I’ve never told you where I live, what my real name is or what my religion is, and you’ve never seen a picture of me. You know no truly identifying factors (which I’m sure has driven some of you crazy). I have my reasons for this, but the reason I love the most is that this blog is the opposite of real life. In the real world, the first things you (usually) know about a person are what they look like, the part of the world they live in, their name and maybe their religion. It takes longer to learn about their personalities and their feelings, if you ever do. In this world, our world, the only things you know about me are my personality and my feelings.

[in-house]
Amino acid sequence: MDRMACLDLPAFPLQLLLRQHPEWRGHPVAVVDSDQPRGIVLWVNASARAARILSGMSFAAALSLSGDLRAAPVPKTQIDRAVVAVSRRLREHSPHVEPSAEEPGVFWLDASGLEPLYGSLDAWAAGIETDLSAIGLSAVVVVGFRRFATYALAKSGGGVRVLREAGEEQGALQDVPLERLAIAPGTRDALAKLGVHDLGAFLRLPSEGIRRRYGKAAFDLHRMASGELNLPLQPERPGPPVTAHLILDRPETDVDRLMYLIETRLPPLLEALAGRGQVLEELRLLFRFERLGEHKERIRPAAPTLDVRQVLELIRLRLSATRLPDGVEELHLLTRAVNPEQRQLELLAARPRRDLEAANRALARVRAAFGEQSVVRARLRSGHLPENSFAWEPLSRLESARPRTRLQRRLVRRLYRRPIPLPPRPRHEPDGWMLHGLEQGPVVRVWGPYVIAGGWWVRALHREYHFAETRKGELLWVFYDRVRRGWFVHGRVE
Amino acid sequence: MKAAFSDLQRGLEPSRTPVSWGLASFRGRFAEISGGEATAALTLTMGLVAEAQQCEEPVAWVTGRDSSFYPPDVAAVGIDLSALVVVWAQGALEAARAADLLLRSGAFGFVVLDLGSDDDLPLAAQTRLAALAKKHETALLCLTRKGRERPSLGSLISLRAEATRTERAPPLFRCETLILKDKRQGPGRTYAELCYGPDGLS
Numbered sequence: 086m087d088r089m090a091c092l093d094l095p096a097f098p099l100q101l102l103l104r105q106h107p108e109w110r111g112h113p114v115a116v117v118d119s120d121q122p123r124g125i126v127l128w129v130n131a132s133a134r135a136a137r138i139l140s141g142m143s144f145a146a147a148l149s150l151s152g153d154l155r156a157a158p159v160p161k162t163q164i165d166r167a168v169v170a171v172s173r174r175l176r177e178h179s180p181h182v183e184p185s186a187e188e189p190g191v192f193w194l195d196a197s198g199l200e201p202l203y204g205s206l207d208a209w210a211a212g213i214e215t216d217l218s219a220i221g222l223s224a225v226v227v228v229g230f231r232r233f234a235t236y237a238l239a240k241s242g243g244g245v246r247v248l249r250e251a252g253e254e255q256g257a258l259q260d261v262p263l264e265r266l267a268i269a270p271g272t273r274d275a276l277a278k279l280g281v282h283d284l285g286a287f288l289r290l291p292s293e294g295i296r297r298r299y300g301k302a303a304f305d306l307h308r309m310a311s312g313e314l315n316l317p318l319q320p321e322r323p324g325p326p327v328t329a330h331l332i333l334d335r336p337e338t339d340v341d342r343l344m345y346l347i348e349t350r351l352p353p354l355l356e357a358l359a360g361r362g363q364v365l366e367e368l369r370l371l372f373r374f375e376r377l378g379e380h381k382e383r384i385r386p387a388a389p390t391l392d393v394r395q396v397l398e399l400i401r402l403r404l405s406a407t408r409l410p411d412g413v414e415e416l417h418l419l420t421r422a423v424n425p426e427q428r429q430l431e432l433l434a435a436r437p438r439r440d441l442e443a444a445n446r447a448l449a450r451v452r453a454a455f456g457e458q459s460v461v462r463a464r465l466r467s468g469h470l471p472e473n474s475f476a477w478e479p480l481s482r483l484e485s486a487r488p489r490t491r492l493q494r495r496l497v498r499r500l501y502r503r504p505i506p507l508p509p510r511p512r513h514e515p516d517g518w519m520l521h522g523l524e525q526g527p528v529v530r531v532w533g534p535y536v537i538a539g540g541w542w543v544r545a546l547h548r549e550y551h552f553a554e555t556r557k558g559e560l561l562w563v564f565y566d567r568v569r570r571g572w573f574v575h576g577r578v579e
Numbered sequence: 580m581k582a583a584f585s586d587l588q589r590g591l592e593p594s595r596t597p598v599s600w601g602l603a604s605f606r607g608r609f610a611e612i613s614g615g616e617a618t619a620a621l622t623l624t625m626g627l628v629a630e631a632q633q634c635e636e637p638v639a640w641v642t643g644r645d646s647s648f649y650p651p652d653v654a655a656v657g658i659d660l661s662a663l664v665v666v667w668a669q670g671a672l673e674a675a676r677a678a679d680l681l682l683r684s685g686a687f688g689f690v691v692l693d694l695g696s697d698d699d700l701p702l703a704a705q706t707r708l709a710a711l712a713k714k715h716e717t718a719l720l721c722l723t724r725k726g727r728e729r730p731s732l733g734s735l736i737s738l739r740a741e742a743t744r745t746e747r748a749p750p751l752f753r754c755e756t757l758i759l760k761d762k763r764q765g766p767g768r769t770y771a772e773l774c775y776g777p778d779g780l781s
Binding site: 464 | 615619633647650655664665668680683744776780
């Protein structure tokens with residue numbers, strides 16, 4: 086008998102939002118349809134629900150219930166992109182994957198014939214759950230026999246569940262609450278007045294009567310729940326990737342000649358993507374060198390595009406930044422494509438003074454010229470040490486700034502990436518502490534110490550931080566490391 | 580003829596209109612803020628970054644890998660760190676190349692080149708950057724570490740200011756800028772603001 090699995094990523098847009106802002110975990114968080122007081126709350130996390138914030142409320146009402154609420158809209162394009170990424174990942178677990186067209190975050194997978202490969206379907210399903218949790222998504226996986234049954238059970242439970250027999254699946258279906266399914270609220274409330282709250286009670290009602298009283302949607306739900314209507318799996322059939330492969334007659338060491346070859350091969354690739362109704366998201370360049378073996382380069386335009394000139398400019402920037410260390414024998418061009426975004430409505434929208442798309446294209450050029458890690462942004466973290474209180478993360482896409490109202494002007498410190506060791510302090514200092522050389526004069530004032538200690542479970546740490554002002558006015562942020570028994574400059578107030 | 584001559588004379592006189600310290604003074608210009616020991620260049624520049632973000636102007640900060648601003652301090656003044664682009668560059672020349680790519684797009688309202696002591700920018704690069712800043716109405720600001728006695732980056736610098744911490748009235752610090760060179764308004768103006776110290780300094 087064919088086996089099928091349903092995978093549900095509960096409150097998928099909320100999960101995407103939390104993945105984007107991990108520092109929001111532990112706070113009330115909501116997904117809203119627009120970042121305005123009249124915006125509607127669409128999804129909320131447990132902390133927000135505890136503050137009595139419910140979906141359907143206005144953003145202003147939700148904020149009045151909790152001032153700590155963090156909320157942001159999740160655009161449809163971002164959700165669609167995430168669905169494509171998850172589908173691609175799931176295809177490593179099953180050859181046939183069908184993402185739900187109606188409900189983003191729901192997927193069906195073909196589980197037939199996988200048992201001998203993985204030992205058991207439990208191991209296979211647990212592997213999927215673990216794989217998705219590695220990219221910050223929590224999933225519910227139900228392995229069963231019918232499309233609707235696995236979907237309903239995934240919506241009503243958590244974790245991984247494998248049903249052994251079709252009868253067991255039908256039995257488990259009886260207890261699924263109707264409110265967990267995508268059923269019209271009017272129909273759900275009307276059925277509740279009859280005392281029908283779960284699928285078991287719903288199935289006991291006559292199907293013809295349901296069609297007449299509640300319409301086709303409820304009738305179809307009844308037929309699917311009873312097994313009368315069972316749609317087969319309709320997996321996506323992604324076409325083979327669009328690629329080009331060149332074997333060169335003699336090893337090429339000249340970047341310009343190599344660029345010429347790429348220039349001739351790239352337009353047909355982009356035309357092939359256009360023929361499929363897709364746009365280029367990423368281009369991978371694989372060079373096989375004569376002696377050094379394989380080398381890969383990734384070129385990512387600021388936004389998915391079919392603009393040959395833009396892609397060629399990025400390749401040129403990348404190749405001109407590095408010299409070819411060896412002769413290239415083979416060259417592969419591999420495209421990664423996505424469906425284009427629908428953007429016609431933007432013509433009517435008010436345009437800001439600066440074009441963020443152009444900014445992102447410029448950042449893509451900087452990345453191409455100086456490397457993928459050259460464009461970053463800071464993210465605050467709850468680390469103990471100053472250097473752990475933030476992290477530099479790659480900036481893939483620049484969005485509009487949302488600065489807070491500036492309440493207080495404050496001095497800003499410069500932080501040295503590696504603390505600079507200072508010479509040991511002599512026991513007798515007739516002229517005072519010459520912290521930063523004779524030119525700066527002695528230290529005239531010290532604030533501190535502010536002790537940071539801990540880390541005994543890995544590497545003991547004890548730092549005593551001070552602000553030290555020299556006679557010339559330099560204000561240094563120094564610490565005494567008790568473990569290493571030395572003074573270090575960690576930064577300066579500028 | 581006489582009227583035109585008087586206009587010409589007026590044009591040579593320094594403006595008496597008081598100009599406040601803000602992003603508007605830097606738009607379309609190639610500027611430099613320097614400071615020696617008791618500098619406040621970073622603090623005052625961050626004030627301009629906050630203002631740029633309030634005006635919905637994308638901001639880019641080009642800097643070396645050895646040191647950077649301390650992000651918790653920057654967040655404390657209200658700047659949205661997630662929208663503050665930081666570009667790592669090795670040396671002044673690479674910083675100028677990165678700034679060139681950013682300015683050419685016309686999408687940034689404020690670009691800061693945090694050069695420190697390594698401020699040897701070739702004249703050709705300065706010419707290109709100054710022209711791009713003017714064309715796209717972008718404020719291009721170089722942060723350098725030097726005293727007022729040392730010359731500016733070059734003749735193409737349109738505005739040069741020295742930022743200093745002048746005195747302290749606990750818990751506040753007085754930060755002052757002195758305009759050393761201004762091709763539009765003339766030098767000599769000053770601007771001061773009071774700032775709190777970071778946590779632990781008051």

Which is why I’m still not telling you anything, including where I’m volunteering or what country I live in. I wrote all of this simply to explain that in my country, it’s not weird that I’m not starting university at 18. In fact, even if I go when I’m 20, I’ll still be on the younger end of the scale. Generally speaking, I’m much older than my age suggests, so I’m not worried about fitting in socially with an older crowd, but I am worried about my feelings. I’m so separate from my contemporaries as it is, and if I jump shoot choosing a profession, studying and starting a career I fear I’ll feel galaxies away from everyone.

It has come down to the fact that I have doubts. I’ve decided that the fact that I doubt I’m ready to start is enough to decide I’m not ready. I’m not the sort to waste my time and I take things very seriously, so I’m not going to start until every aspect feels right.